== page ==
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Our Diet As We Age

borlotti beans growing  What we eat is fundamental to our good health,  good food can only be grown in good soil and in a  real sense we are the soil that our food has grown in  and when we take good care of the soil we take  good care of ourselves. It is unfortunate that we have  become divorced from the land and have contracted  the production of our food to agribusinesses and  chemical companies.

 A growing body of evidence shows that the western  diet is making us ill. The assumption that food should  be cheap has led to the industrial production of food  much of it highly processed and far removed from  any thing grown in soil. Look at a food label, if it has  more than five ingredients and has ingredients you  would not have in a home kitchen then you can be  pretty sure that what you are holding is Ultra  Processed Food (UPF).

fruit bowl  A diet comprising good nourishing food is not cheap  and we may have to change our priorities in order to  eat well. As a society we eat more meat, especially  processed products such sausages and bacon, than  is good for us and at great expense to the health of  the soil and ourselves. All things being equal current evidence suggests that a diet based around organic fruit, vegetables, whole grains, beans and pulses is full of the nutrients and micro-nutrients necessary for a healthy life.

Along with exercise we need to appreciate that the food we eat is crucial to our well-being and how we age. There is a lot of great advice on the internet but we need to be discerning. One reliable source from scientists working at the cutting edge of health and diet research is ZOE (Chief scientist is Professor Tim Spector), ZOE is a healthcare science company using data-driven research to tackle the world’s health issues. You can find their podcast channel at ZOE.

July allotment harvest  If, like me, you are fortunate enough to have an  allotment or other growing space then it is a  priviledge to grow food whilst caring for the soil and  the organisms that create and maintain it. I find it  deeply rewarding to sow seeds, tend the plants as  they grow and then harvest and eat the produce. At the same time I have a feeling of responsibility to the small piece of land of which I am the guardian.See below for some growing resources.

I would like to share some ways I maintain a healthy organic diet on an income that is less than half the national average. The key is not to buy convenience food or ready made meals but to cook from ingredients using whole grains, beans and pulses, fresh veg, salad, fruit, wholemeal pasta and home made wholemeal bread. Typically I spend around £55 a week on food in the winter and around £40 in the summer when the allotment is abundant. Even in the winter there are leeks, kales and chard to be harvested.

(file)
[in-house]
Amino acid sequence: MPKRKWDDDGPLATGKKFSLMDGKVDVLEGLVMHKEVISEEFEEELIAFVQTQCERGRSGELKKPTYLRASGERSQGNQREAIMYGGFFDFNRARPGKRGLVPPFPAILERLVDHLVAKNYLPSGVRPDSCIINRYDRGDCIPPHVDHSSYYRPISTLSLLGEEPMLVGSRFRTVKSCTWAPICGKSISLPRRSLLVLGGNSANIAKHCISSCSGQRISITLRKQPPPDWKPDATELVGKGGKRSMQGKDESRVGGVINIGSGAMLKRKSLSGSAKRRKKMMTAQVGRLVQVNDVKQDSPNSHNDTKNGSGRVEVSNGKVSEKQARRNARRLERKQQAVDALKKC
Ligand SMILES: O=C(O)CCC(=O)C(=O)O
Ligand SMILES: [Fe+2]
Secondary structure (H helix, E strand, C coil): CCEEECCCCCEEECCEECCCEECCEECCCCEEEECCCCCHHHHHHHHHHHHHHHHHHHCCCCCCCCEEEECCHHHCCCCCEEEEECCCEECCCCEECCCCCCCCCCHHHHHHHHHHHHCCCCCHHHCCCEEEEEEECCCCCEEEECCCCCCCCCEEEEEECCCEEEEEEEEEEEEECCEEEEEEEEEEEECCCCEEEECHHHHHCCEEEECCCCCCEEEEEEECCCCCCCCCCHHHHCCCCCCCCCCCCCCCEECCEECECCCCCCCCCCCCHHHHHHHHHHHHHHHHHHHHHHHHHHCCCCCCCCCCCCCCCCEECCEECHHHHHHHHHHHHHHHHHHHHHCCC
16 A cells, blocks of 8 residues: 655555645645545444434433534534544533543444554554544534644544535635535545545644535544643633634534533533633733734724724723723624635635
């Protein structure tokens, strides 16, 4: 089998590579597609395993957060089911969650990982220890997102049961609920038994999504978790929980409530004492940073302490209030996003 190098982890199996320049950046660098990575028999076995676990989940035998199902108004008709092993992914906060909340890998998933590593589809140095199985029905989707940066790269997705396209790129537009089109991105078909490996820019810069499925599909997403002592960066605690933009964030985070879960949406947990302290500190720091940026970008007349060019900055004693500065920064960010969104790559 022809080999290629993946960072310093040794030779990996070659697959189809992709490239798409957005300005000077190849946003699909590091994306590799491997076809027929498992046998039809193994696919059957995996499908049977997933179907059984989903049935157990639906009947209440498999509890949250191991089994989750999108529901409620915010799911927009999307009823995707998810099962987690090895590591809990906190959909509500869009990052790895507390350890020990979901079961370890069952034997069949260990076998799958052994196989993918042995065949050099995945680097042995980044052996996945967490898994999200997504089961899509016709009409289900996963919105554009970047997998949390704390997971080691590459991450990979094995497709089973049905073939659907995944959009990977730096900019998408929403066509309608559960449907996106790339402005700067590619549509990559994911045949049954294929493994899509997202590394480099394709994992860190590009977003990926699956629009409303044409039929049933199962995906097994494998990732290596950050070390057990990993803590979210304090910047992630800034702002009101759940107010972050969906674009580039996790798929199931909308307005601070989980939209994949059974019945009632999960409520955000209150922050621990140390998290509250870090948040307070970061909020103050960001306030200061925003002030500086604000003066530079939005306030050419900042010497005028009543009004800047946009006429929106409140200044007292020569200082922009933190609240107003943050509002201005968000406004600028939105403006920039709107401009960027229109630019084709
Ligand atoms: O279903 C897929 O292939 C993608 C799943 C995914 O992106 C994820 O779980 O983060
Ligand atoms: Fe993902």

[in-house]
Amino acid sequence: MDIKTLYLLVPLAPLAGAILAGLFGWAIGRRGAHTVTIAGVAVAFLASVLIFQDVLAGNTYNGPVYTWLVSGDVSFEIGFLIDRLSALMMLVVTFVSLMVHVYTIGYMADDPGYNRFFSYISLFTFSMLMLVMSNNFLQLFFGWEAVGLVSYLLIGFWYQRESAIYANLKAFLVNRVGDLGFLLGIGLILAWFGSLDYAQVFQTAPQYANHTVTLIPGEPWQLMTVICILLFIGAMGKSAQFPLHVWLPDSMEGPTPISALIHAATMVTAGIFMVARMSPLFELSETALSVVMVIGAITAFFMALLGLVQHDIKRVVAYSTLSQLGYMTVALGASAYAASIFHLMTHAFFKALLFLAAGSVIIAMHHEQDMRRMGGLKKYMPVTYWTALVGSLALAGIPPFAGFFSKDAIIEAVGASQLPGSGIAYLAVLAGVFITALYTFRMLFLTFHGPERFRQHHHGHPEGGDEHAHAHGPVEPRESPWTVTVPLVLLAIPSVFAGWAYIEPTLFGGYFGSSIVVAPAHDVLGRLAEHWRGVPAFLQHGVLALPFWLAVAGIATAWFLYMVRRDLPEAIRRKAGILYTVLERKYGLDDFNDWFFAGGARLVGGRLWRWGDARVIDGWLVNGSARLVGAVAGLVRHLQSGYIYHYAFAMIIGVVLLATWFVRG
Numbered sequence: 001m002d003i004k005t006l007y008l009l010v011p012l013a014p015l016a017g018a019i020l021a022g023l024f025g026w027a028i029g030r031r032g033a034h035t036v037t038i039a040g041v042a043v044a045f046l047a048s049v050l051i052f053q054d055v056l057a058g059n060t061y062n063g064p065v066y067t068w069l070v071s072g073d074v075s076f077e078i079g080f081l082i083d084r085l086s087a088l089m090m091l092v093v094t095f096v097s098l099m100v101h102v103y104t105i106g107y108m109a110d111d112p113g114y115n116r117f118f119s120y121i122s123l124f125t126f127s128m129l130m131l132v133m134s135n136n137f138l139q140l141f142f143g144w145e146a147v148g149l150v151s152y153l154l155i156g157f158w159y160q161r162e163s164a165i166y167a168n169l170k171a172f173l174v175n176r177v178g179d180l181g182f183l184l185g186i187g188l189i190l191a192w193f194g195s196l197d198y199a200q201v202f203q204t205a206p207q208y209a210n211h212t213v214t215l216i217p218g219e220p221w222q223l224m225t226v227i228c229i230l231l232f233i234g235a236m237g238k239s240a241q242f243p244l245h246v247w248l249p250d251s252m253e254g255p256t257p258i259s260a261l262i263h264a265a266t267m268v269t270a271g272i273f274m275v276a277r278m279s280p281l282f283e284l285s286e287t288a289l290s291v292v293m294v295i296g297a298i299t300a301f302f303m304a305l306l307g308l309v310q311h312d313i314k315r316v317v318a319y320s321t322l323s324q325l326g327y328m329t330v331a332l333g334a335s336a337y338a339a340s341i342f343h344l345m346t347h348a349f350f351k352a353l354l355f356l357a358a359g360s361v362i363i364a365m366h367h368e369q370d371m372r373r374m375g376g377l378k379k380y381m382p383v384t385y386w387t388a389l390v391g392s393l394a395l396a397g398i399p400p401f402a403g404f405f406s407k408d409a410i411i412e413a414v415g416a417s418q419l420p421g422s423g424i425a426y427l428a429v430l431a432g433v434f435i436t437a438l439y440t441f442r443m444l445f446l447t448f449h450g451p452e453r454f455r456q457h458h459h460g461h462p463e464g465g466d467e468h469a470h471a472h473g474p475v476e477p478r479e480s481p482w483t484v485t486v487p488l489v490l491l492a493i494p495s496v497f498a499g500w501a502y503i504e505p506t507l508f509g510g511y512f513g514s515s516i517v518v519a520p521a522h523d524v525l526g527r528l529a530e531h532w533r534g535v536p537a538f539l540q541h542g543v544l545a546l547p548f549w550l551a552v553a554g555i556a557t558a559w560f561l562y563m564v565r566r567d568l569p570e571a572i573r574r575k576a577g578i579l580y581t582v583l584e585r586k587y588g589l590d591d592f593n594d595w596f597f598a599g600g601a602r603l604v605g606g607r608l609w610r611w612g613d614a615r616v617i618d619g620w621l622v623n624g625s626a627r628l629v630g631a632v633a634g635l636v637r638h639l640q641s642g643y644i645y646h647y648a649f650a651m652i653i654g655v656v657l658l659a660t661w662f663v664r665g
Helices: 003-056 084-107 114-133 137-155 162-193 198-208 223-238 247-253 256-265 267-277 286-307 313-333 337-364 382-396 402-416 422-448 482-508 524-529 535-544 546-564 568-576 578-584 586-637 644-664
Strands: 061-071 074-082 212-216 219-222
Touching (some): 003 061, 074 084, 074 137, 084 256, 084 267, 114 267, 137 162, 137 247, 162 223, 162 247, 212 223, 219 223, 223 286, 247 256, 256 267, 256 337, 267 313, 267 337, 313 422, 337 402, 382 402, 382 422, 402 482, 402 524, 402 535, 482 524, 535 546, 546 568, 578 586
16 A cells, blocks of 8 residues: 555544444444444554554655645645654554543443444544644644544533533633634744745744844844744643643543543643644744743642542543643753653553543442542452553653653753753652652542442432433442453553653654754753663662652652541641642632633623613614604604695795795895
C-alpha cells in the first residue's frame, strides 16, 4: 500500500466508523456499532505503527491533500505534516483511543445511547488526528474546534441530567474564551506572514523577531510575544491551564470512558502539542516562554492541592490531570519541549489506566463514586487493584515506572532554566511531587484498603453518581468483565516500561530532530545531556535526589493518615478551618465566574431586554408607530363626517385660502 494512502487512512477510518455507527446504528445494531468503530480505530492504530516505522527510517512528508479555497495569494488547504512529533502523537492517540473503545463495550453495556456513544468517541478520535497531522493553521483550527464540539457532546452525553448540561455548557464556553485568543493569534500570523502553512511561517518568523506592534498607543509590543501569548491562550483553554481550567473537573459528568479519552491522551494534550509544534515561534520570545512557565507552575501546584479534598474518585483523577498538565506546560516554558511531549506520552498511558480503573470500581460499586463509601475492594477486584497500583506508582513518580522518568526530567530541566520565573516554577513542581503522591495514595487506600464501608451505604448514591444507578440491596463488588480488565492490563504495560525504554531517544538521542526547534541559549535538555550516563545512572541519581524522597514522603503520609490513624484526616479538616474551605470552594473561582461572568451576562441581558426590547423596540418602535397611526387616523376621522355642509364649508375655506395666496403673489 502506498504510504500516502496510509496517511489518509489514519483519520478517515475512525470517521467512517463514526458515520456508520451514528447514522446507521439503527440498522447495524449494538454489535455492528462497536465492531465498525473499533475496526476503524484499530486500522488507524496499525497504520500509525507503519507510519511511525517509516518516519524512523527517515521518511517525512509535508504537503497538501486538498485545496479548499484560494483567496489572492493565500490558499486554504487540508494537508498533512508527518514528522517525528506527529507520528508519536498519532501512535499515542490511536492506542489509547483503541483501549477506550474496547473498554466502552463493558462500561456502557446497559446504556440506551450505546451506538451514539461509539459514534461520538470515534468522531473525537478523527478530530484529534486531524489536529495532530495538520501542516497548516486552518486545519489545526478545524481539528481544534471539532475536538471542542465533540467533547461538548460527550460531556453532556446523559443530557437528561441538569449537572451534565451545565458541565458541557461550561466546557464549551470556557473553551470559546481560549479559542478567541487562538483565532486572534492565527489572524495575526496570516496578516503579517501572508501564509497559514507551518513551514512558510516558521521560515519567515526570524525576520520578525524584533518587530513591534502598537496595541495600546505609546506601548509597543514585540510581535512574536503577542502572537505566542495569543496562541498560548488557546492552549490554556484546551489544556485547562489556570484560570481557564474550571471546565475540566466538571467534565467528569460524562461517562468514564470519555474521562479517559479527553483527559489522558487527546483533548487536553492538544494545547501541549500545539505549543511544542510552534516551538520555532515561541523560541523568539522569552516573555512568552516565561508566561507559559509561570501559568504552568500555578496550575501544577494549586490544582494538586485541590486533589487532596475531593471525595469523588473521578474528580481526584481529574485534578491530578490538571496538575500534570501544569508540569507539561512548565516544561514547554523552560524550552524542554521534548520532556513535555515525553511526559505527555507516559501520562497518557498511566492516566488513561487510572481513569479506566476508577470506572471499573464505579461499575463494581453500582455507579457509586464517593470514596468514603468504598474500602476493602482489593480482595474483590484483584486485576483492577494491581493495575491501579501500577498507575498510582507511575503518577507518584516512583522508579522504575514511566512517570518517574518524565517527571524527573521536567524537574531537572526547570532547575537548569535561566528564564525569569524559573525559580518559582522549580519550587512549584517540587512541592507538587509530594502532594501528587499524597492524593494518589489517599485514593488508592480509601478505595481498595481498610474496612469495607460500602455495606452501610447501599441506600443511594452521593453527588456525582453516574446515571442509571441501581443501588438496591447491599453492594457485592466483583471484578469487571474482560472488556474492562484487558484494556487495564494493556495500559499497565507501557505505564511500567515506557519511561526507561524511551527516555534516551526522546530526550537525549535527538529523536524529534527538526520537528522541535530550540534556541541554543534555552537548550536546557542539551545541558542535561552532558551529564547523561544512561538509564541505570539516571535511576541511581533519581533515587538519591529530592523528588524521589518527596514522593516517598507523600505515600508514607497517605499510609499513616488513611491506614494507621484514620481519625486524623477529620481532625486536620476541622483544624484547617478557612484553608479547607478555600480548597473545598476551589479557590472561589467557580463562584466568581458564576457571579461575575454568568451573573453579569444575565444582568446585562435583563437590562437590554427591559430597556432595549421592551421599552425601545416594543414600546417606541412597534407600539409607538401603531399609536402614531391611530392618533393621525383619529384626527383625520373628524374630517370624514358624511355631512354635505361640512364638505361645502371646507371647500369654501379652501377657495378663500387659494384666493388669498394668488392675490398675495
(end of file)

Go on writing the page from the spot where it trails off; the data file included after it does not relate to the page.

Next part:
I have cooked from ingredients for over 50 years but what now comes easy to me now was once hard but by giving our full attention to the task we soon learn and there are many great recipe sites with clear instructions. It will become a piece of cake!

These are some examples of my diet:

making up muesli  Breakfast is usually a five grain muesli with seeds  and dried vine fruit which I put together myself and I  add full cream natural yoghurt, milk, a banana and  Kiwi.

Lunch is typically a green salad to which I add olives, tomatoes, Florence fennel or celery and home made mustard. Followed by four slices of home made wholemeal bread with yeast extract or peanut butter.

Dinner might be a bean stew, curry and rice, vegetables in cheese sauce with roast potatoes, egg fried rice, baked potatoes with cheese, lentil bake, nut roast, roast vegetables. Usually with some variety of green vegetable. So nothing clever but all nourishing. I often bulk cook a bean stew in the slow cooker so that there is always something to eat in the freezer.

Snacking can be a problem as I seem to have inherited grazing genes so I can’t resist at least one bag of crisps a week, I also snack on nuts and fruit. I won’t mention my love of liquorice.

Diet Resources

Spoon-Fed, Tim Spector, ISBN 0781787332294, Jonathan Cape, 2020

Unprocessed, Kimberley Wilson, ISBN 9780753559765, W H Allan, 2023

Age Proof, Pro. Rose Ann Kelly, ISBN 9781788705042, Lagom, 2022, particularly Chapter 9

Soil Soul Society, Satish Kumar, ISBN 978-1-78240-235-0, Leaping Hare Press, 2017

See also diet on the ageing resources page.

How to Create a New Vegetable Garden, Charles Dowding, ISBN 978 0 85784 474 3, Green Books, 2015

Organic Gardening, Geoff Hamilton, ISBN 978-1-4053-2853-1, DK, 2008

The Allotment, David Crouch and Colin Ward, ISBN 978-1-915068-23-1, Little Toller Books, 2023

Lots of growing information on the Charles Dowding YouTube channel.

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